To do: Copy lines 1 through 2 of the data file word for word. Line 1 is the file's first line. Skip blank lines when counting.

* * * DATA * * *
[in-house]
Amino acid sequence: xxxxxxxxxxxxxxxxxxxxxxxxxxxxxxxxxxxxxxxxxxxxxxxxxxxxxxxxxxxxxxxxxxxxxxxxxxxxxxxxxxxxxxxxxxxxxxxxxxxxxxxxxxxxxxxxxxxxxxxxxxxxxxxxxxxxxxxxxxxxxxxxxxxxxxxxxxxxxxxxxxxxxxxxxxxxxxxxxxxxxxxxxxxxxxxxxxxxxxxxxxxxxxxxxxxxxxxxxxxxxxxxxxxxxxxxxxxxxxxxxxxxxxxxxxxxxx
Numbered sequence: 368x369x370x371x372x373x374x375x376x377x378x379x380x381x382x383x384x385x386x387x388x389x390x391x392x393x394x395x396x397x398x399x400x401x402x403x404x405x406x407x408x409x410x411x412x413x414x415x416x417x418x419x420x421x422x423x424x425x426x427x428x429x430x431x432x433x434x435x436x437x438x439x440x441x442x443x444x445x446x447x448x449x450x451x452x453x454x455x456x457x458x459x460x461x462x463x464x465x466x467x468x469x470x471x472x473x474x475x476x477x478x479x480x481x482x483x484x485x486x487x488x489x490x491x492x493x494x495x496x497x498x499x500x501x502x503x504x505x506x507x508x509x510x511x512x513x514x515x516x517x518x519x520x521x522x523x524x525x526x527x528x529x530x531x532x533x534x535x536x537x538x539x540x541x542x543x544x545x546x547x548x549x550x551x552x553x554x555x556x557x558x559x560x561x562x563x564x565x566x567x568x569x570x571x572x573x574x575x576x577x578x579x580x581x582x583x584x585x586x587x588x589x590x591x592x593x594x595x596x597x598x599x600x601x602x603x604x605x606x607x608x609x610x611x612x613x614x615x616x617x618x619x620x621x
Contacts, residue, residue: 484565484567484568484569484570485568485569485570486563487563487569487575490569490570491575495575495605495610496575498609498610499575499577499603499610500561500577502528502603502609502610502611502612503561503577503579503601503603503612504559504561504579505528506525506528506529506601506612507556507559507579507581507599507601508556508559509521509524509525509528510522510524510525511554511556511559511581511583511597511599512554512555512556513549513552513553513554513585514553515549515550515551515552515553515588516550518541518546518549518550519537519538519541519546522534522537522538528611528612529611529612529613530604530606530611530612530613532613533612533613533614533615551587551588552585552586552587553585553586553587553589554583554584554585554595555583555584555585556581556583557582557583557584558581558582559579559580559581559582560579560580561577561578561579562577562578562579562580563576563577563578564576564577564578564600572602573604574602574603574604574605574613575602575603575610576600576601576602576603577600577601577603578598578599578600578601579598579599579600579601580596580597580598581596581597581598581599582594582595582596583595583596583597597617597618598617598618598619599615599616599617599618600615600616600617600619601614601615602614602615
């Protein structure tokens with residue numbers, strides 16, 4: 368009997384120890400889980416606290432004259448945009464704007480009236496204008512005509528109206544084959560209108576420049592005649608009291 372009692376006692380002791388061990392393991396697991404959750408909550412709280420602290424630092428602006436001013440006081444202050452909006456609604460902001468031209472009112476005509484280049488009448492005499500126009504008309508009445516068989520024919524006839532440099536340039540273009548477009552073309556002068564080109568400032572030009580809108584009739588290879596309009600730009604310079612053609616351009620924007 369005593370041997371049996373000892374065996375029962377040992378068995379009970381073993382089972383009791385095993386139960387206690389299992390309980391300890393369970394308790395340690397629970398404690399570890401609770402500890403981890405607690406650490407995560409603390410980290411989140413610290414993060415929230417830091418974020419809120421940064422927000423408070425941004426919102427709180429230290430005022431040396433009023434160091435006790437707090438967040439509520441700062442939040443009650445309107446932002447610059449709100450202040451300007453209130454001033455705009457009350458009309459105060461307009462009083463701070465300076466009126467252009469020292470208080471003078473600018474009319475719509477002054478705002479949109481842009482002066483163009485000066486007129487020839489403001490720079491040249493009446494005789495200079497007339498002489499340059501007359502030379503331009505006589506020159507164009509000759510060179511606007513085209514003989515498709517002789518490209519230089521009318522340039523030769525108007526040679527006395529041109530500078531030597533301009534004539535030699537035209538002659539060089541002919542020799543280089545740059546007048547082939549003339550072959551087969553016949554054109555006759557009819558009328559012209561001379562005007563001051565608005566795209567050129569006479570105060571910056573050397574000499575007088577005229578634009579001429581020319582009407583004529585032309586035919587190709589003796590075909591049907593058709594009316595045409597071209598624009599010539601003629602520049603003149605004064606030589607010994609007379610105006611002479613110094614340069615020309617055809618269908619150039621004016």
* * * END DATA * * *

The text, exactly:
[in-house]
Amino acid sequence: xxxxxxxxxxxxxxxxxxxxxxxxxxxxxxxxxxxxxxxxxxxxxxxxxxxxxxxxxxxxxxxxxxxxxxxxxxxxxxxxxxxxxxxxxxxxxxxxxxxxxxxxxxxxxxxxxxxxxxxxxxxxxxxxxxxxxxxxxxxxxxxxxxxxxxxxxxxxxxxxxxxxxxxxxxxxxxxxxxxxxxxxxxxxxxxxxxxxxxxxxxxxxxxxxxxxxxxxxxxxxxxxxxxxxxxxxxxxxxxxxxxxxxxxxxxxxx